Theater at WMS: Student-Written Productions

Student actors became student writers when a series of student-authored plays were performed during last weekend’s theater night!
Last weekend, WMS presented its second theatrical production of the year to a post-Fall Sports Awards crowd. It was the usual collection of fun, witty performances by our students, from both the Introduction to Theater class and Theater as a sport, but there was an added twist that night: of the four plays performed, three were written by the students themselves.

Kristin Yang is one such student playwright. Her play, Reversal of Fortune, was written during her Writing For Performance: Exploration of Performing Arts field course last fall. The story concerns Maxine, a woman who discovers her husband has had an affair with her best friend, and invites them both to a confrontation over coffee. Darkly funny and deliciously deadpan, the play was inspired by “real life. It is so common to see husbands have affairs nowadays. So this idea popped into my head immediately, and I decided to write a play about it.”

About the experience of seeing her play transformed into a full-scale production, Kristin said, “I never thought that I would write a play or even make it come together as a full production. I feel excited and happy. It really surprised me when I knew we are going to perform my play. It was also a suggestion that a student came out with. It was just too amazing. Although I know this is my first time to write a play and make it become a full production, and I know there must be some deficiencies, I am having fun as the writer and director. I want others can have fun and enjoy it too.”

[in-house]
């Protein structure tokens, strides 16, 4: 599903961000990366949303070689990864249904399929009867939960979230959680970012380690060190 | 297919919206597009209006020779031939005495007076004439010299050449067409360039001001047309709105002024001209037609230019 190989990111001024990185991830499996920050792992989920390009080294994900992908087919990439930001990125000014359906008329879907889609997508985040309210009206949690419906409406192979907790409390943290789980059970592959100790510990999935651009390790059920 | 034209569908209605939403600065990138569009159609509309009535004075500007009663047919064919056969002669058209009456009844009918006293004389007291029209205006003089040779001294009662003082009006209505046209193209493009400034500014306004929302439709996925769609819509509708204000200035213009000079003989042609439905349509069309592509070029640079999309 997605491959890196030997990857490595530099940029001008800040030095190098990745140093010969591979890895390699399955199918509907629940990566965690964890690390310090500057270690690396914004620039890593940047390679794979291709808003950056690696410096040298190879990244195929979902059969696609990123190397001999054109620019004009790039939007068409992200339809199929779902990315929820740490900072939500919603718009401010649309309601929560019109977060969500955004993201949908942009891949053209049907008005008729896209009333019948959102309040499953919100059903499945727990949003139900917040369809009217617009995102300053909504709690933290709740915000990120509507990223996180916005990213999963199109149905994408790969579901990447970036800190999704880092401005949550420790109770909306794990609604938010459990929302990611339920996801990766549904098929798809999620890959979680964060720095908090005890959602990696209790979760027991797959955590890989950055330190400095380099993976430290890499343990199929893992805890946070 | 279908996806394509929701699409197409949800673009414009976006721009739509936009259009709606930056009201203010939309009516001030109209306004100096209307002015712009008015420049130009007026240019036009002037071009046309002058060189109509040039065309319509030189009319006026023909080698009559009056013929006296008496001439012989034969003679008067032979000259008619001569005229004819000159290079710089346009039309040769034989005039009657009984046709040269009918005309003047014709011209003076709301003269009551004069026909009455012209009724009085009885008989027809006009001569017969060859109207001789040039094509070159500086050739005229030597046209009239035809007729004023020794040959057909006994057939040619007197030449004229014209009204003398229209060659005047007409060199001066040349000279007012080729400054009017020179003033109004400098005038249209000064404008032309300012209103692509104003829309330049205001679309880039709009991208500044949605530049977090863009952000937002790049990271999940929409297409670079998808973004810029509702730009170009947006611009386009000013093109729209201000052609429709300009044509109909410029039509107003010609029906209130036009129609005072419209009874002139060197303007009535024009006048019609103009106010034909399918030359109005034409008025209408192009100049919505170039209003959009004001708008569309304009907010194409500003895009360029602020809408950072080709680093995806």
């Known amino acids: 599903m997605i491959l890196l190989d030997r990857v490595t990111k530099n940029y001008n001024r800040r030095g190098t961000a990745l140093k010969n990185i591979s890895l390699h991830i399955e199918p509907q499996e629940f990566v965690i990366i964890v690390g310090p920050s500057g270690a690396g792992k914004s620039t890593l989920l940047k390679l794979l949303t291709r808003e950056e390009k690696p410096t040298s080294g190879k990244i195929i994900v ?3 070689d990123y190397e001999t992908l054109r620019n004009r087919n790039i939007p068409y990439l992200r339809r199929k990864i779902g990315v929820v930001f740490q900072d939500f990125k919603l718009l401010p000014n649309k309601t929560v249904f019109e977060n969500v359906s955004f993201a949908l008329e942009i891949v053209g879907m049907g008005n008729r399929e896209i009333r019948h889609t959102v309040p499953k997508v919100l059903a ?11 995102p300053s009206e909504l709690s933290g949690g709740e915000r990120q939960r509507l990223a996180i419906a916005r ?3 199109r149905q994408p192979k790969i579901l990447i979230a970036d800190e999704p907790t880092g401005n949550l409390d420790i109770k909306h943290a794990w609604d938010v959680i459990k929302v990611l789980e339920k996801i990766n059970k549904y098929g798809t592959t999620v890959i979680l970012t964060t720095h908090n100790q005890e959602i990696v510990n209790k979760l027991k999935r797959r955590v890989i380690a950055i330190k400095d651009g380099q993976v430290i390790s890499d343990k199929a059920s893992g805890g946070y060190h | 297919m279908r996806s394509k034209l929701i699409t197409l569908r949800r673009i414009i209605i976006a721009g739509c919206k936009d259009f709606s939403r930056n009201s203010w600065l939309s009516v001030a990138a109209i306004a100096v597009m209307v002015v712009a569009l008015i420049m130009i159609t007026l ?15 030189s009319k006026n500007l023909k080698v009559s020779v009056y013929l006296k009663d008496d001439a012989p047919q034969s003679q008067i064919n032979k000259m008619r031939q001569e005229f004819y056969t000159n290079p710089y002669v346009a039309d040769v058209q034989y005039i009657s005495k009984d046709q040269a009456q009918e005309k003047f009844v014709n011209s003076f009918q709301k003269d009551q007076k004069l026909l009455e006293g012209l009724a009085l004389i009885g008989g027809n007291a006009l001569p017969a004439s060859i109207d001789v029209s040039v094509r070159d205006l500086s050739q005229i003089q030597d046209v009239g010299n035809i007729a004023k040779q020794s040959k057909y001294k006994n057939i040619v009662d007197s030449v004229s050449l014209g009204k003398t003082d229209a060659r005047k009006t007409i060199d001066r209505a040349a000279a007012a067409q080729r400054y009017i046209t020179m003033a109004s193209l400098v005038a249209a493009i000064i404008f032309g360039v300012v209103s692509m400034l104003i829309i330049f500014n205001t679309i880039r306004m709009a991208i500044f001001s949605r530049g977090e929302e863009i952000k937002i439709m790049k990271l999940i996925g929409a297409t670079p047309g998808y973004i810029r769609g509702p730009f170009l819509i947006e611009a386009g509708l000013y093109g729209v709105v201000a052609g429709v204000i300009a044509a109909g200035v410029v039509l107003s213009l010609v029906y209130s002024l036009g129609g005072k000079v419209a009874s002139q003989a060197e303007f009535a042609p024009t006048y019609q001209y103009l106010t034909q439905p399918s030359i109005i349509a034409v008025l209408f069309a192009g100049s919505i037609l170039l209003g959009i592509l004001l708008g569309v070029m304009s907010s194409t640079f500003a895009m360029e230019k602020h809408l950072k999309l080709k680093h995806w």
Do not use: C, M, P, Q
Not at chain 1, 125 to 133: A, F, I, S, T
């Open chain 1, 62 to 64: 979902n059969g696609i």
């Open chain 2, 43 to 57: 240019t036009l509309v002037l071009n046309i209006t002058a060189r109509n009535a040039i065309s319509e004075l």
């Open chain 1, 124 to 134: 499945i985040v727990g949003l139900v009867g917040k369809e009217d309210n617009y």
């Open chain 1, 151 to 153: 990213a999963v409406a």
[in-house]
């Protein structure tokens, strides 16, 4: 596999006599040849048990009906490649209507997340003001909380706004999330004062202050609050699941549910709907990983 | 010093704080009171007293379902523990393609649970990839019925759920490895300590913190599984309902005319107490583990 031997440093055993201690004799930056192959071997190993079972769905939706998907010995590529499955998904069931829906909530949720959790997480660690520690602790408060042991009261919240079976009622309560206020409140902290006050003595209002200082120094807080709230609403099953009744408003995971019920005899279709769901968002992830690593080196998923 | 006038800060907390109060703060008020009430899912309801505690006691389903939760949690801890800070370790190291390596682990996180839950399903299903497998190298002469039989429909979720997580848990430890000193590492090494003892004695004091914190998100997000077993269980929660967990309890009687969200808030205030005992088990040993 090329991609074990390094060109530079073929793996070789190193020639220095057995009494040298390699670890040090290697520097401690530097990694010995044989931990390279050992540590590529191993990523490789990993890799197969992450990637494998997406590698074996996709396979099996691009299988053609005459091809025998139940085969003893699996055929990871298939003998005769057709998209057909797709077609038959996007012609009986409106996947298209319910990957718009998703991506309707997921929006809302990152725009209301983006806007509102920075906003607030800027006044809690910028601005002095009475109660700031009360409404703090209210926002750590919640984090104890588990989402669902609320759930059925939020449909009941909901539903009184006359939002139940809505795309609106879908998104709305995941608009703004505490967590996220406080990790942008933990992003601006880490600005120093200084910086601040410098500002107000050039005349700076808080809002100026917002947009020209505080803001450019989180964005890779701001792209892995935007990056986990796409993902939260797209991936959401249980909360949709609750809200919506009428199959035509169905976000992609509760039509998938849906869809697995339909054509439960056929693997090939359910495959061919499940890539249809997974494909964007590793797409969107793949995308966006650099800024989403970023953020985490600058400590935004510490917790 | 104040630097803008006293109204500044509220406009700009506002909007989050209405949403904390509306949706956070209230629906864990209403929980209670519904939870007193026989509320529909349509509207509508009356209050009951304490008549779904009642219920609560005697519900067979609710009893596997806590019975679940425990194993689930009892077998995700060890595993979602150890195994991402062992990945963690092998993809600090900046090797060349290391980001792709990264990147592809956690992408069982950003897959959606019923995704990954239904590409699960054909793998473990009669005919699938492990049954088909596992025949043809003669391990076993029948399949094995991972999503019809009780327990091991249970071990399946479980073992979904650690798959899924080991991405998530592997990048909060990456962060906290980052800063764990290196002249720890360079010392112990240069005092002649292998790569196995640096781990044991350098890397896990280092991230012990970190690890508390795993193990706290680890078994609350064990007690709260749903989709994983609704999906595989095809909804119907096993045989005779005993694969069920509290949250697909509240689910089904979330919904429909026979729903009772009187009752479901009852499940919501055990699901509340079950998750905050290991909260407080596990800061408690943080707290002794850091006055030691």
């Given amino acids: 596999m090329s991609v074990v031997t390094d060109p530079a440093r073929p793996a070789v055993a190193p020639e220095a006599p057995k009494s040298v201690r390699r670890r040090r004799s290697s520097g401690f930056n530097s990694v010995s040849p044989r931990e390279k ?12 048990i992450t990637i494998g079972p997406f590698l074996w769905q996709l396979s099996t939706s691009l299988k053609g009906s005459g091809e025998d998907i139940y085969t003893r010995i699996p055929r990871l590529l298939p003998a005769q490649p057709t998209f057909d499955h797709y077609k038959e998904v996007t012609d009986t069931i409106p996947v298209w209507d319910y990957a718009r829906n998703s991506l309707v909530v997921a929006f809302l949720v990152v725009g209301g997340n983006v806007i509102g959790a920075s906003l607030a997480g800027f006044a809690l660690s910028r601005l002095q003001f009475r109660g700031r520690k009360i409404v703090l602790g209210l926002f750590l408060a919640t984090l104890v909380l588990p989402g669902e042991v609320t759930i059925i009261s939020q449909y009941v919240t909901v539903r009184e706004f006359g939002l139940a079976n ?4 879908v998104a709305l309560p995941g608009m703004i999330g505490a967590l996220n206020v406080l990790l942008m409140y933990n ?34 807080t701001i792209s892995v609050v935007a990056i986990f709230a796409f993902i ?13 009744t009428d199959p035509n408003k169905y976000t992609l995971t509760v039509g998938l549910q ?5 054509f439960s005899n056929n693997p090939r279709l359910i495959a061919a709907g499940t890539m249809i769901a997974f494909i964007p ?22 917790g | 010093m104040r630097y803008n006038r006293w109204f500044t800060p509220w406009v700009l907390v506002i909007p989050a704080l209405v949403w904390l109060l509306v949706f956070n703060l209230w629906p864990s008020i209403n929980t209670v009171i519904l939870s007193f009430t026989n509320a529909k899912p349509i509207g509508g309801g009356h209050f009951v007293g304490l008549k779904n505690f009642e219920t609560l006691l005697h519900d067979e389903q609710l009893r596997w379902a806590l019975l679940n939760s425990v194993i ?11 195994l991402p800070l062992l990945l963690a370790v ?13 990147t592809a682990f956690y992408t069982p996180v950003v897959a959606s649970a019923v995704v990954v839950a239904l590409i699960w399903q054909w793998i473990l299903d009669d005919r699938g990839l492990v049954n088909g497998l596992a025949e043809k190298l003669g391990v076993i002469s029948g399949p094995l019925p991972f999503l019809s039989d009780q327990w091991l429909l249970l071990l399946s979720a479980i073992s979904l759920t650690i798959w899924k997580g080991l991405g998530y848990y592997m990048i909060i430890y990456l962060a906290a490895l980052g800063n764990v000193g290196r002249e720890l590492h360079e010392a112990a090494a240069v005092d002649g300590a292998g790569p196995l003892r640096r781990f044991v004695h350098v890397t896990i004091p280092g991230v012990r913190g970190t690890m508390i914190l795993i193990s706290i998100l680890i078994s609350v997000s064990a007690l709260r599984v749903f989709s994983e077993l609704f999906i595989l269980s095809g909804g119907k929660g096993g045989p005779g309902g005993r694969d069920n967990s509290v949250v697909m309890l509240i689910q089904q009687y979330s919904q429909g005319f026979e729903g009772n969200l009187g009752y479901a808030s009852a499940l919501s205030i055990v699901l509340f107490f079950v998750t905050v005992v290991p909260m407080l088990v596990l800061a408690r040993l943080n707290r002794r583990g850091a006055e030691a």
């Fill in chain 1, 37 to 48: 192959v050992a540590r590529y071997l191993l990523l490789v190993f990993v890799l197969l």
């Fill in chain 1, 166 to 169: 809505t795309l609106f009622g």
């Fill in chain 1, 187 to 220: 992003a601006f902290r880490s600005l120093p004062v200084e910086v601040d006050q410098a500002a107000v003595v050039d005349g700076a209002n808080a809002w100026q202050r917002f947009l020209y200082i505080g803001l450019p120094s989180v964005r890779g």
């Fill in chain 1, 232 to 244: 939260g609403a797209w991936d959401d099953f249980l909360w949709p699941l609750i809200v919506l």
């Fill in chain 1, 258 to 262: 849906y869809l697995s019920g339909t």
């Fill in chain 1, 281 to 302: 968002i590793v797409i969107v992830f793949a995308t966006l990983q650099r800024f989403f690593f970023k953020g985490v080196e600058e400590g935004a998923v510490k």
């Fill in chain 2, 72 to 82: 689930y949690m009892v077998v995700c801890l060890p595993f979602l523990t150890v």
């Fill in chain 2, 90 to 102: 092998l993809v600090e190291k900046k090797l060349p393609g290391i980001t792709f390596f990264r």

The other two plays were collaborative efforts by Rachel Spector’s Introduction to Theater class. The first, Trouble in the Classroom, spotlights an unruly classroom filled with quirky kids who really, really don’t want to talk about English. The second, Botched Surgery, follows a crowd of inexperienced surgeons and one fainting medical student through surgery gone horribly awry. Rachel Spector described the process:

“The students were divided into two groups which I assigned. Each group had the task of writing a script that was about ten minutes long. They were allowed to write about anything, as long as it was appropriate. Everyone was required to have a least a couple of lines in his or her scene. The students had class time to work together and with me, and then they were assigned this for homework as well. Once they wrote the scripts, we did a read through, and we all made helpful suggestions. Then we did another read through after each group incorporated the various suggestions.”

We’re so happy to have given students the opportunity to not only write their own productions, but show their creative efforts off in front of their peers.

Pictures from the Productions!

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